Any new information on the typewriter, the factory or on Godfrey H. Lasar and his days as a typewriter inventor would be greatly appreciated. I think it goes without saying that I would be very interested in acquiring one of these Lasars for myself. Please email me at Antikey.Chop@gmail.com
1890 - 1892
Lasar Typewriter Company
St. Louis, Missouri, US
Typewriter history is littered with machines like this Lasar and the men that made them, in this case, Godfrey Henry Lasar (1851 - 1940). Such typewriters were definitely innovative, sometimes odd and, more often than not, commercial flops. The men that designed them were determined inventors grasping at the opportunity to break into a new and lucrative industry. Unfortunately for them, thousands of their typewriter designs were simply swallowed up into obscurity.
G.H. Lasar probably embarked on the creation of his typewriter sometime in the mid-to-late 1880s. Though he held previous patents, the first ones that he recieved for anything typewriter related were all filed in March of 1885 and issued in 1886. They were for a "Locking Device for Key-Boards of Type-Writing Machines," (patent no.336,725), an "Escapement for Type Writers," (patent no.415,532) and the last for a "Telegraph-Trasmitter," (patent no.338,757). Then came the patents for the Lasar. A patent for the case was issued in 1888 (patent no.386,139), and, on November 19, 1889, G.F. Lasar received an astounding 17 patents for the typewrirter itself (patent nos.415,523 - 415,539).
The Lasar at the top of this page is the only known example. It was featured in 1997's Antique Typewriters & Office Collectibles: Identification & Value Guide, written by Darryl Rehr. It has since been shuffled between collectors. I believe that more Lasars were produced and the ads placed by The St. Louis Typewriter Exchange prove it. The Lasar, unfortunately, an Underwood it was not. It was never made in great numbers and only us typewriter geeks will wax poetic over it.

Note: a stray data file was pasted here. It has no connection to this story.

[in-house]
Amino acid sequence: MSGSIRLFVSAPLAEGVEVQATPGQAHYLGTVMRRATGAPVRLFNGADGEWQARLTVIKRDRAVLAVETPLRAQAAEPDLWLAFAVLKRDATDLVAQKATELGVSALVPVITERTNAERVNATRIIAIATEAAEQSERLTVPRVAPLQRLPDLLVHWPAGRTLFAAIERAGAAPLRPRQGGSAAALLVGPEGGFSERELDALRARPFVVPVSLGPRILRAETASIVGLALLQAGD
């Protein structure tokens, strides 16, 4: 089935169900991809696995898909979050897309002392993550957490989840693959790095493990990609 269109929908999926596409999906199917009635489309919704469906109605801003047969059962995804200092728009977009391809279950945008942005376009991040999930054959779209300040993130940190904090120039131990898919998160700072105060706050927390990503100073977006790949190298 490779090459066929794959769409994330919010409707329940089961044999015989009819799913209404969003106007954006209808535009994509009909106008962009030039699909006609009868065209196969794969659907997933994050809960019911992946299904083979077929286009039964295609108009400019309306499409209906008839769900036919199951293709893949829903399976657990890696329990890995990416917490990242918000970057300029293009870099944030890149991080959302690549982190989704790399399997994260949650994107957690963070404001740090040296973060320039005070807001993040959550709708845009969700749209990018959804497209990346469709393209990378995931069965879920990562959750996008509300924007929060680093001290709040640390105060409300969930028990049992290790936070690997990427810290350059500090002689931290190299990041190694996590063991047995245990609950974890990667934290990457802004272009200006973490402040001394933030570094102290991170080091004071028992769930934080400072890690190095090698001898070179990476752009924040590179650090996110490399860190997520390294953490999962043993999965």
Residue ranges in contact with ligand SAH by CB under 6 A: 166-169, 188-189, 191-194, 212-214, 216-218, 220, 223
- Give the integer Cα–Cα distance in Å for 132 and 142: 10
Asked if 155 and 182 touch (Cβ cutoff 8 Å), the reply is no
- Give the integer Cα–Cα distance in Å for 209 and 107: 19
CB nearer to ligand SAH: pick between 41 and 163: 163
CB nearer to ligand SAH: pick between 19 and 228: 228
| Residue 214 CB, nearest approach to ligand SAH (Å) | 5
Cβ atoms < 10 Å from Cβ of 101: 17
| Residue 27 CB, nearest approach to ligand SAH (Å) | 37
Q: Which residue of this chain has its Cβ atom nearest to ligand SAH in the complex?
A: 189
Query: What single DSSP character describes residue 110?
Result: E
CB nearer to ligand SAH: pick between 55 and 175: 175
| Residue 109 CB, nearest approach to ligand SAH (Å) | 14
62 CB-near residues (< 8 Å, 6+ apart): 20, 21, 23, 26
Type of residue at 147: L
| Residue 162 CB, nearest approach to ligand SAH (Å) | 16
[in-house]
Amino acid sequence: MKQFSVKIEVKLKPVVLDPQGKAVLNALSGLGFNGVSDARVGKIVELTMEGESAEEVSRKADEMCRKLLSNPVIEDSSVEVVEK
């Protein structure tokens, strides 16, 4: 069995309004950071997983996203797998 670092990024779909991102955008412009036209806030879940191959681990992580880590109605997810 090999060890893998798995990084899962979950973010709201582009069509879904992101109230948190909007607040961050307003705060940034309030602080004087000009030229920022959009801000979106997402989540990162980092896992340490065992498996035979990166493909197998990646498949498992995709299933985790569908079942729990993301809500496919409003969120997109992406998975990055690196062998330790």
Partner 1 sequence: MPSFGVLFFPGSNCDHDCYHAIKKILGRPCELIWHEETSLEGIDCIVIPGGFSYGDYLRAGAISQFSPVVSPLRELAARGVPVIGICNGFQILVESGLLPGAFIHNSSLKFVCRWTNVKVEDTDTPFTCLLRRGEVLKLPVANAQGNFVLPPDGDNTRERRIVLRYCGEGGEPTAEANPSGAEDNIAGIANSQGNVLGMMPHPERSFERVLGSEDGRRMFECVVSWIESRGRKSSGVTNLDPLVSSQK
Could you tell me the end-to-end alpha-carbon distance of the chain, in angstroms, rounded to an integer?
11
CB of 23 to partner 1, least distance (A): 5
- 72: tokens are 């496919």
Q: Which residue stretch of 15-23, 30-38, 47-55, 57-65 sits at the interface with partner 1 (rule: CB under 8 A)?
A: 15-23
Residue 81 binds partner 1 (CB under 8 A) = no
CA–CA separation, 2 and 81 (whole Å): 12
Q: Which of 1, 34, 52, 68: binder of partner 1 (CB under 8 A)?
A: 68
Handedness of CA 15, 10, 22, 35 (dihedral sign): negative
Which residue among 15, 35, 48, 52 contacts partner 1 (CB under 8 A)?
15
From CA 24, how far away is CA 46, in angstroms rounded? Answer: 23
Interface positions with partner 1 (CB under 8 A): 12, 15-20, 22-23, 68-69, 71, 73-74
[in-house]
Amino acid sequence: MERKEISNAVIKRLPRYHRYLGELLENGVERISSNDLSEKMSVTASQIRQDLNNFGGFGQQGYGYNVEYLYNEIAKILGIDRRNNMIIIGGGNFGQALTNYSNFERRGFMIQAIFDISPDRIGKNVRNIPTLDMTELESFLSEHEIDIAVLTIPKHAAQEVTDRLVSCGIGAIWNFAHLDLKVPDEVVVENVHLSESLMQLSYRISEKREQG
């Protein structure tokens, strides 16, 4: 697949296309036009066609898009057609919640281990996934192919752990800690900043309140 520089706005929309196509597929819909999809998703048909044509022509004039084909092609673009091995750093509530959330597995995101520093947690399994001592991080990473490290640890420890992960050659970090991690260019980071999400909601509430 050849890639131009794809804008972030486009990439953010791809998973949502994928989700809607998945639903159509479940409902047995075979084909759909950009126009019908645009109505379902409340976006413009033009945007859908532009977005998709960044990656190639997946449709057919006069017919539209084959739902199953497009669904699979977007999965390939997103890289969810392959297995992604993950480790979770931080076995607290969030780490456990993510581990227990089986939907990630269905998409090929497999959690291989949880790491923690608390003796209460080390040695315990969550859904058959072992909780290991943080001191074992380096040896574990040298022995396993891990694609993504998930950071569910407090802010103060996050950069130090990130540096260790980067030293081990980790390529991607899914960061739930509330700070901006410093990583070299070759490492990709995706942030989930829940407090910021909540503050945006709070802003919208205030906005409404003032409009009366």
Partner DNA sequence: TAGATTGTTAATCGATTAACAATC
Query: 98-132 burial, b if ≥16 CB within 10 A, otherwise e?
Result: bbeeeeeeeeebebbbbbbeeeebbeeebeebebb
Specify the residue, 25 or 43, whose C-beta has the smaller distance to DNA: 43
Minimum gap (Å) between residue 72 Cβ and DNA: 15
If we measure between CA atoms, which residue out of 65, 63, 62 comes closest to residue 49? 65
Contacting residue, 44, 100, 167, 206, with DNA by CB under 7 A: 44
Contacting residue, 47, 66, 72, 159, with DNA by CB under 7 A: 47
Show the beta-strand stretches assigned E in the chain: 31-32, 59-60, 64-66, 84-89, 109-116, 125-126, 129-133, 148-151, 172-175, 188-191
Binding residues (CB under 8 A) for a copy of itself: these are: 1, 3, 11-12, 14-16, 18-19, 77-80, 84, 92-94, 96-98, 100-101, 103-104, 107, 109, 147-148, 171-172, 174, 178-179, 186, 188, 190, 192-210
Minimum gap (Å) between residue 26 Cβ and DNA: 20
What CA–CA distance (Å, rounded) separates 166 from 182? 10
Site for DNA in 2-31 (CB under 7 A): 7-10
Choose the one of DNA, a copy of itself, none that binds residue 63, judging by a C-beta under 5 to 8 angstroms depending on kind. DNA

The Lasar Typewriter Company was officially registered with the city of St. Louis, MO on March 27, 1890 and a factory was opened at 2017 Lucas Place (Lucas Place was renamed to Locust Street sometime during the early 1900s). Unfortunately for G.H. Lasar, almost as soon as his company had started, it ended. On May 14, 1892 the Lasar Typewriter Company was dissolved, according to city records. Wagner Electric took over the place on Lucas Street that same year. The building that once housed the Lasar Typewriter Company was demolished some time in the 20th century. The image below is what it looked like in the 1890s.
We can only speculate why the typewriter failed since there is no evidence of any marketing from the manufacturer. There were, however, several ads placed by the St. Louis Typewriter Exchange specifically for the Lasar. Five of those ads ran in the Railroad Telegrapher with the first running on May 15, 1892 (yup, the very day after the Lasar Typewriter Company was dissolved) and the last ad in January, 1893. The Exchange also ran one ad in the Express Gazette in 1893.
Through 1893, the St. Louis Exchange was selling Lasar typewriters (sometimes carelessly spelled Larsar in their ads) for $75 a piece. They ran one last ad a couple years later in 1895. The Exchange referred to this as as the "Bargain Bulletin." In it, among all the other bargain buys, was for sale one "Nearly New" Lasar for a one-time cash sale of just $25. It has been speculated for decades that The Exchange purchased leftover stock from the Lasar Typewriter Company when it originally closed and now these ads prove it.
Again, we can only speculate why the Lasar failed. One reason may have been that it typed uppercase exclusively when every other new typewriter on the market typed lowercase, too. G.H. Lasar did patent a shift mechanism (patent no.415,525) but hadn't implemented it. Why? Did it have something to do with telegraphy? Was the Lasar always meant to be a "mill" typewriter? One of The Exchange's ads did market it as "The Best Machine for Telegraph Work," plus, the two testimonials they provided were both from telegraph operators. All those ads were published in railroad related periodicals, too.